The Wall Street Journal ran a short retrospective on blogging over the weekend, "Happy Blogiversary." It dates the roots of the word "weblog" to early postings in 1997 by this guy. One of the first real weblogs was Scripting News, authored by tech wizard Dave Winer. He also founded Userland Software in 1988, which went on to release one of the first blogging platforms, Radio Userland. I launched this weblog in 2003 as a Radio blog (which site, for no apparent reason, is still up and running).
I learned a new word reading the article: ghostblogging. That's right, blogs of the rich and famous aren't actually written by the rich and famous. They subcontract. Sounds like an interesting career choice for a tech-savvy English major: ghostblogger for hire. Or maybe: Will blog for food. But at least you can work from home. And think of the networking opportunities.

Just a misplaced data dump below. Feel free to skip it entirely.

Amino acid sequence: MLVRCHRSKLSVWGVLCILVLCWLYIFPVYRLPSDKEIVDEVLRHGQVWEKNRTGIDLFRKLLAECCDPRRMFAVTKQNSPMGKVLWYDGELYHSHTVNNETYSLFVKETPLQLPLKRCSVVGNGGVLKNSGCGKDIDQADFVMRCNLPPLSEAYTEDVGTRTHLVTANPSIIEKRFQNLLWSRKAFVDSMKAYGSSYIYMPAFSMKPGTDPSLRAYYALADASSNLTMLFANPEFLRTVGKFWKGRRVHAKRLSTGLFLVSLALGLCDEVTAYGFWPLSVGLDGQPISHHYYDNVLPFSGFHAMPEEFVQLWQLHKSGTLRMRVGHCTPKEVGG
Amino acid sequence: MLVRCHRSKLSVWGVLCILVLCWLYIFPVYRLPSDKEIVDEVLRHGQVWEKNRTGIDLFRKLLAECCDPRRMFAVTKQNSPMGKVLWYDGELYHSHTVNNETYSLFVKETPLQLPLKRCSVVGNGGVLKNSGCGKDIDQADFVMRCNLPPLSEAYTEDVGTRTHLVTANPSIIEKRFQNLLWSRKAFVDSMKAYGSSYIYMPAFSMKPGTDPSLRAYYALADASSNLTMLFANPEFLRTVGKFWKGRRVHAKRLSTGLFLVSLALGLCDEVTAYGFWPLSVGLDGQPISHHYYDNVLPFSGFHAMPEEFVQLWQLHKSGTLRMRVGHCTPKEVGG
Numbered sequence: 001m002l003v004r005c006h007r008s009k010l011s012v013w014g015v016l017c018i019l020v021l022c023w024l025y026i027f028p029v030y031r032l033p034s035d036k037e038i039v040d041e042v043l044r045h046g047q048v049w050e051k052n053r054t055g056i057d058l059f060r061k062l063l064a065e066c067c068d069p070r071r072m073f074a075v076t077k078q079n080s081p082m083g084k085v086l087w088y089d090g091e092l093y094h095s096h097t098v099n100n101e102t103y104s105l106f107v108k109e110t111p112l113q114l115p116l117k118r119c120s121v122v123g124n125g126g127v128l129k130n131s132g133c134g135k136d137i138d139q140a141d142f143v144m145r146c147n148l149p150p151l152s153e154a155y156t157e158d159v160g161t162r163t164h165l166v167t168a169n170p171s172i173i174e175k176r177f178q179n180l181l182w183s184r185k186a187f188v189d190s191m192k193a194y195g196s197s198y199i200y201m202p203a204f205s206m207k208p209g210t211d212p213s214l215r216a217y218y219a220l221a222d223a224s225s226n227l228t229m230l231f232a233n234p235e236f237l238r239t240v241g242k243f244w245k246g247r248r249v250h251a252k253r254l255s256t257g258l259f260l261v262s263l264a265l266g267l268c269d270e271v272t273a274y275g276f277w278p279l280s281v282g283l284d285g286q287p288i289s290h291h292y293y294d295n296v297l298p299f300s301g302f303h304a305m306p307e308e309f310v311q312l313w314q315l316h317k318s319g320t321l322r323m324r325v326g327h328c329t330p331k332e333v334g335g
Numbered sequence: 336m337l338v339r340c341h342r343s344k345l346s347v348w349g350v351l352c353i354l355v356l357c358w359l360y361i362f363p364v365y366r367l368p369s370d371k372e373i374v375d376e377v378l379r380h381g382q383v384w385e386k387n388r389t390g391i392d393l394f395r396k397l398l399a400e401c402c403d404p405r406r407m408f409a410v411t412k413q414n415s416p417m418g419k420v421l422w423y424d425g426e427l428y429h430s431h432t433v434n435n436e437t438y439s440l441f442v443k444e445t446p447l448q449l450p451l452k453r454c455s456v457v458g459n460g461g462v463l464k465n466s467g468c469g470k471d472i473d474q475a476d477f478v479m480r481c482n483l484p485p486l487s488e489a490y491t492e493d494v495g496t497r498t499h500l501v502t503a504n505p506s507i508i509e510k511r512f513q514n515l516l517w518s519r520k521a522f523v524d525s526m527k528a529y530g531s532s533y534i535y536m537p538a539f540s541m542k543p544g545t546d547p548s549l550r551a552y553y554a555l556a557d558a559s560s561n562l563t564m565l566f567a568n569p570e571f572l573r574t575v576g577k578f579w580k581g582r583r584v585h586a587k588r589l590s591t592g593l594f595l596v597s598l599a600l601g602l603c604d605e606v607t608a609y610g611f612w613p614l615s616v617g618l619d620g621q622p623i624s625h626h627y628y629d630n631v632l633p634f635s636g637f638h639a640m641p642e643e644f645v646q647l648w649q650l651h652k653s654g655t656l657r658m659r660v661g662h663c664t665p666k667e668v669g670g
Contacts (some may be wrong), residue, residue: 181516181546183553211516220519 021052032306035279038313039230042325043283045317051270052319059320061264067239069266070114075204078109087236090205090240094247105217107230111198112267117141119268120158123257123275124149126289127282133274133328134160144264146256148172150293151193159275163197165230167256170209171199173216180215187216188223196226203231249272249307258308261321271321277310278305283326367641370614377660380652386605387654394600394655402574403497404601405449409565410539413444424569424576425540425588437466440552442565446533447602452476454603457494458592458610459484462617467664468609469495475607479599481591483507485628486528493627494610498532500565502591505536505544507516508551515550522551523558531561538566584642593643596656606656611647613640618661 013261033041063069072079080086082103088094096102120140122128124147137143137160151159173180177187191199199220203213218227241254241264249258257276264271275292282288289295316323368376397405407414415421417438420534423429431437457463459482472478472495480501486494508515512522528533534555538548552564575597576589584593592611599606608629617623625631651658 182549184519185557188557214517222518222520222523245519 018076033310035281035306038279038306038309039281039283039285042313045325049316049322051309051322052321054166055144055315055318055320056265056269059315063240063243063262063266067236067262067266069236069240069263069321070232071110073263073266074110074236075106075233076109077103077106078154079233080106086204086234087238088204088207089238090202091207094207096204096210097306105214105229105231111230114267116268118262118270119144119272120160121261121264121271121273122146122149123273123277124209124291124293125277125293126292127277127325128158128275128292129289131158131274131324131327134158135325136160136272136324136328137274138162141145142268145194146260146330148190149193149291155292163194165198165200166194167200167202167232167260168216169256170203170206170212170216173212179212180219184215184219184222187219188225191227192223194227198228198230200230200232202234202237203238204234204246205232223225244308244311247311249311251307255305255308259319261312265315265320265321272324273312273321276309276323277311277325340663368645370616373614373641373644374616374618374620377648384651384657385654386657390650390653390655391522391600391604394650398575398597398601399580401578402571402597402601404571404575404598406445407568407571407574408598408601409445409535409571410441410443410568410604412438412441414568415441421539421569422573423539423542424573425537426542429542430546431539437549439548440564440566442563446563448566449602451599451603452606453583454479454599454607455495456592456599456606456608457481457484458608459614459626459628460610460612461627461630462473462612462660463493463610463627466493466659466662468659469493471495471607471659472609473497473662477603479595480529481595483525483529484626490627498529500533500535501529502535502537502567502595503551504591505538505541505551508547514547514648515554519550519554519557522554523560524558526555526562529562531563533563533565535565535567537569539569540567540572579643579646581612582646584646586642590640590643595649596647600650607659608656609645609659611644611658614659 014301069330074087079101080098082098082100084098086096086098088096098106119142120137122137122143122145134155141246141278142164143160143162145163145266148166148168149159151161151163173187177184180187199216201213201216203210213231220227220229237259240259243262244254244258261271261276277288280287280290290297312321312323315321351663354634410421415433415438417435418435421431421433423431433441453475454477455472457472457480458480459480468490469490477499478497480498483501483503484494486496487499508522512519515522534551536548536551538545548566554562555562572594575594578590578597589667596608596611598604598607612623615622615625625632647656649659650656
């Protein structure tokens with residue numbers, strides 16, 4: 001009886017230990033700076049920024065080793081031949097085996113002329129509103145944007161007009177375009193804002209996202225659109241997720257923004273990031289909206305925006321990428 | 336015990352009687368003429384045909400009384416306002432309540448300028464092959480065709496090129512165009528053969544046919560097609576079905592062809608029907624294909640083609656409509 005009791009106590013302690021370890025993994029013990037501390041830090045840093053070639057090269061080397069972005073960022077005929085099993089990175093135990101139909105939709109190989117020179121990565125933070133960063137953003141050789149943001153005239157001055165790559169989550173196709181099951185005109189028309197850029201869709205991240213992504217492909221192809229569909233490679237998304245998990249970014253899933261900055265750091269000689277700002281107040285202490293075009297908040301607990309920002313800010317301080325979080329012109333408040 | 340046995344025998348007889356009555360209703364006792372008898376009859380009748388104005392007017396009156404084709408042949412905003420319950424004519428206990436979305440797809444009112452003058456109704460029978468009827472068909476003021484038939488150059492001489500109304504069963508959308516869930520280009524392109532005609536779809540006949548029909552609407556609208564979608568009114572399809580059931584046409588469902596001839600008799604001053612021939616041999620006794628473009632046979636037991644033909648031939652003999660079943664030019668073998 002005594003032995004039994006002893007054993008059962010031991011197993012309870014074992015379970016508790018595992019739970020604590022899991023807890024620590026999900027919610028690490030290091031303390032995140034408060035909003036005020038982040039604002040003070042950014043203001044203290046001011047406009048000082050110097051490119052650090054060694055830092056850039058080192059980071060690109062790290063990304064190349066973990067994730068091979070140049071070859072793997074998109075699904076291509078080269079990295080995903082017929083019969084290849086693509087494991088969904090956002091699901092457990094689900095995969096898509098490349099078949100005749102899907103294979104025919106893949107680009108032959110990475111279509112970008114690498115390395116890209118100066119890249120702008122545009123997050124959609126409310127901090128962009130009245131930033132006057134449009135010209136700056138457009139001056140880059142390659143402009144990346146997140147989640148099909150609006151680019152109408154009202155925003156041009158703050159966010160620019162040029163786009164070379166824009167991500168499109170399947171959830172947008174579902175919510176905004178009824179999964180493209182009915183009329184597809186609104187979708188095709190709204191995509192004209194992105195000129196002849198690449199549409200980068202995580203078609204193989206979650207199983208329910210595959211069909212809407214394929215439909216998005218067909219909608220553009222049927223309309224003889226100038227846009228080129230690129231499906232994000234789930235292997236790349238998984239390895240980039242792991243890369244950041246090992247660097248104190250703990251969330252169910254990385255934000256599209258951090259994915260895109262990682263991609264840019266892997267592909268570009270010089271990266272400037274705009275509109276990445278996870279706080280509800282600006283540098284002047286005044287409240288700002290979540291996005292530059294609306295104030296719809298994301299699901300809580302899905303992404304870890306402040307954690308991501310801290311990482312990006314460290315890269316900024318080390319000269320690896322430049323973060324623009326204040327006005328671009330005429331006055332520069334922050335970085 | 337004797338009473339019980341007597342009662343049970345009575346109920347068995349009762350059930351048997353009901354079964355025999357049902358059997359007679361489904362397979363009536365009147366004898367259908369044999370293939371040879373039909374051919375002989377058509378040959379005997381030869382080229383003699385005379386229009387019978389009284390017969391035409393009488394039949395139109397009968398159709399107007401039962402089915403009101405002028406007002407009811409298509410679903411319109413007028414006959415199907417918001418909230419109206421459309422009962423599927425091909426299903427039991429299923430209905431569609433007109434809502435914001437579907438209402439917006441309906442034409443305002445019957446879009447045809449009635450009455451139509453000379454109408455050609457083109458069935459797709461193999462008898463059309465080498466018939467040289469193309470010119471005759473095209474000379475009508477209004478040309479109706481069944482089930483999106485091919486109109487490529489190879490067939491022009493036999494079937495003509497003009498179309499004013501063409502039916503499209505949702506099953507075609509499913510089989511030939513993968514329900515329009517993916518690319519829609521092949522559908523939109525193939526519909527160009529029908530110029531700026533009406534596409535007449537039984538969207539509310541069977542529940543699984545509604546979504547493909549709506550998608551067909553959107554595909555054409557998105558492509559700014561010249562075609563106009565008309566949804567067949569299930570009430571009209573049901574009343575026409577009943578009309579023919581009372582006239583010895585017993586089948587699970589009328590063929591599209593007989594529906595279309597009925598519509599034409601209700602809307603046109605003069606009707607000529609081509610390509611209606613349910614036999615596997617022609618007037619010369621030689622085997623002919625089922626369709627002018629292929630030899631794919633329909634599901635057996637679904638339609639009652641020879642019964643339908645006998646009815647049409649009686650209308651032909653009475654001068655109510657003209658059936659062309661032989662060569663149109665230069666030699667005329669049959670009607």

The article includes comments by twelve notables about blogging. Tom Wolfe thinks "the universe of blogs is a universe of rumors" and that "only a primitive would believe a word of Wikipedia" (which he says works much like a blog). Blogs just don't have the right stuff. Another commenter relates the opinion of a magazine editor: "I don't know why anyone reads blogs," said the editor. "It's like listening to the crazy guy rant on the subway." I'm trying to think of the last time I read a news magazine ...
Elizabeth Spiers, in her four paragraphs, lists the following as characteristics that define successful blogs, based on her wide experience as a full-time blog executive (my term, but it seems appropriate for the WSJ). Spiers also says that "most blogs are personal diaries and don't fit these criteria," but they still seem like useful suggestions for any blog.
- be topically focused.
- post regularly and frequently.
- post content that is original or difficult to find.
- write well.
- engage your readers by soliciting feedback and responding to it.